1917 appears in an aspect ratio of 2.39:1 on this Blu-ray Disc. Shot and finished 4K, this became a terrific visual presentation.
At all times, sharpness appeared positive. Virtually no instances of softness emerged, so I thought the image seemed accurate and well-defined. I noticed no signs of shimmering or jaggies, and the movie lacked any print flaws.
While 1917 opted for orange and teal, I thought it gave these a bit of a twist. Perhaps to make the film resemble projects like They Shall Not Grow Old, the hues took on something of a “colorized” look. Within visual choices, the tones appeared well-rendered.
Blacks were always deep and tight, and I saw good contrast as well. Shadows seemed clear and appropriately opaque. The Blu-ray became a strong reproduction of the film.
Note that the IMAX presentation of 1917 opened the film up to a 1.90:1 aspect ratio. We don’t get that version here, and I suspect the filmmakers prefer the 2.39:1 ratio. Neither audio commentary addresses the IMAX ratio, though.
I also felt pleased with the solid Dolby Atmos soundtrack of 1917. Downconverted to Dolby TrueHD 7.1, the mix offered plenty of opportunities for lively auditory information, and it took good advantage of these.
With a mix of combat scenes and other action elements, the mix filled the speakers on a frequent basis. The track placed information in logical spots and blended all the channels in a smooth, compelling manner.
Audio quality was also positive. Music sounded lively and full, while effects delivered accurate material. Those elements showed nice clarity and kick, with tight low-end.
Speech was always distinctive and concise, too. This mix worked well for the film.
As we head to extras, we find two audio commentaries, the first of which comes from co-writer/director Sam Mendes. He brings a running, screen-specific view of the project’s origins and family influences, historical elements, cast and performances, photography and editing, sets and locations, stunts and action, effects, and related domains.
A veteran of the format, Mendes provides a more than capable commentary. He gets into a good mix of creative and technical domains, as he turns this into an informative and winning chat.
For the second commentary, we hear from director of photography Roger Deakins. He offers a running, screen-specific look mainly at cinematography and camera-related topics, but he gets into connected domains like sets, editing and effects as well.
Expect a technical commentary from Deakins, which seems good and bad. On one hand, we learn a lot about the methods used for the film’s unusual photographic challenges.
On the other, Deakins tends to focus too much on how they executed the film rather than why. Because Deakins sticks with the technical areas, we don’t learn much about the creative reasons for the choices.
Because Deakins offers a friendly, engaging personality, this never turns into a dry, boring chat. That said, I wish he’d spent more time with decision-making processes and less with technical elements.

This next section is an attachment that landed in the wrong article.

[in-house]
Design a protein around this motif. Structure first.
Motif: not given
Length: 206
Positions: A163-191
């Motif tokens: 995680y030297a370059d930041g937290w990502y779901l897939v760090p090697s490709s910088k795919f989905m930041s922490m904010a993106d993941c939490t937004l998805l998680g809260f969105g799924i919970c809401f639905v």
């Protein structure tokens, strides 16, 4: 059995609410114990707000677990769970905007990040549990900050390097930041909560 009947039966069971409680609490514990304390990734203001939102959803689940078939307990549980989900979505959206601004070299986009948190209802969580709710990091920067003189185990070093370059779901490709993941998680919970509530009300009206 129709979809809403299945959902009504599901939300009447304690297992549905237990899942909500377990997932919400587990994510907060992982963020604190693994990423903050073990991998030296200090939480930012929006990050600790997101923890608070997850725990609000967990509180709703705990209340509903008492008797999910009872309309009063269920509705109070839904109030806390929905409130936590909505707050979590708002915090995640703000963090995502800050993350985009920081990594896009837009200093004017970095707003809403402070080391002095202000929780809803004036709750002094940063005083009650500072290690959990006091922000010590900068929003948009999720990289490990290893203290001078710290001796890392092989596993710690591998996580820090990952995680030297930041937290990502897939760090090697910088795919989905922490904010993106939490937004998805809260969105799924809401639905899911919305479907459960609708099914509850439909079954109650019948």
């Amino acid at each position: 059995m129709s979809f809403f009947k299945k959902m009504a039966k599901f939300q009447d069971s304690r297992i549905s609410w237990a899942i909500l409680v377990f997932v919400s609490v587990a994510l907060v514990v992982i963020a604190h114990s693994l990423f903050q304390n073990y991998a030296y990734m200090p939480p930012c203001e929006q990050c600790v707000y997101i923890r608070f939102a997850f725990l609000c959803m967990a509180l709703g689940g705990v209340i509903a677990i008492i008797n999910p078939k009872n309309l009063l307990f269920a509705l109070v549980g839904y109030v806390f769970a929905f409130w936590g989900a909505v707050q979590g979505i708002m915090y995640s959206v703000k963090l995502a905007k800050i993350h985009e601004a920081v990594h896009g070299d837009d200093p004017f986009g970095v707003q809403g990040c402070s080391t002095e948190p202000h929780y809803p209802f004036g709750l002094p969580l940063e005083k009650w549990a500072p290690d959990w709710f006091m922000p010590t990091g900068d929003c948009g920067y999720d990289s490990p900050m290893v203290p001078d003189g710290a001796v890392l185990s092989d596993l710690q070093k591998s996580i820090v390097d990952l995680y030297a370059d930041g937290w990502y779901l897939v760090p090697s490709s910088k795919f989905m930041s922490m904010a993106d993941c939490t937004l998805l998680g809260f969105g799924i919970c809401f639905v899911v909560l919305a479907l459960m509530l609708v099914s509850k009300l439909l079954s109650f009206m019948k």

Five featurettes follow, and The Weight of the World lasts four minutes, 29 seconds. It brings notes from Mendes, Deakins, co-writer Krysty Wilson-Cairns, producer Pippa Harris, production designer Dennis Gassner, and actors George MacKay and Dean-Charles Chapman.
“Weight” examines how Mendes launched the project and his family influences as well as his impact on the production. It mixes good insights with happy talk about the director’s greatness.
With Allied Forces, we get a 12-minute, one-second piece that features Mendes, Deakins, Wilson-Cairns, Harris, Chapman, MacKay, 1st AD Michael Lerman, producers Callum McDougall and Jayne-Ann Tenggren, and camera operators Peter Cavaciuti and Charlie Rizek.
“Forces” examines camerawork and technical challenges. Some of this repeats from Deakins’ commentary, but we get fresh information, and the visuals that depict the various domains help make this a worthwhile show.
The Score of 1917 spans three minutes, 52 seconds and includes Mendes, Harris, Tenggren, and composer Thomas Newman. As expected, “Score” covers Newman’s work, with an emphasis on the ways he integrated with the production. This becomes a short but informative reel.
Next comes In the Trenches, a six-minute, 59-second reel that offers material from Mendes, Harris, MacKay, Chapman, and Tenggren. “Trenches” covers cast, characters and performances. It becomes a decent program, though one that leans on praise for the actors.
Finally, Recreating History goes for 10 minutes, 25 seconds and delivers comments from Mendes, Gassner, Chapman, Lerman, Deakins, Wilson-Cairns, Harris, McDougall, location manager Lindsey Powell, set decorator Les Sandales and art director Elaine Kusmishko.
Via “History”, we look at sets and production design. This becomes another engaging reel that indulges in a little more happy talk than I might prefer.
The disc opens with ads for Dark Waters, The Current War, and 4K UHD. No trailer for 1917 appears here.
A second disc provides a DVD copy of 1917. It includes the same extras as the Blu-ray but it omits “Trenches” and “History”.
Viewed as an action/war movie, 1917 offers some thrills. However, it doesn’t connect as a more powerful work, so expect it to remain superficial and gimmicky. The Blu-ray delivers excellent picture and audio along with a mix of useful bonus materials. 1917 becomes an interesting journey but not one that threatens greatness.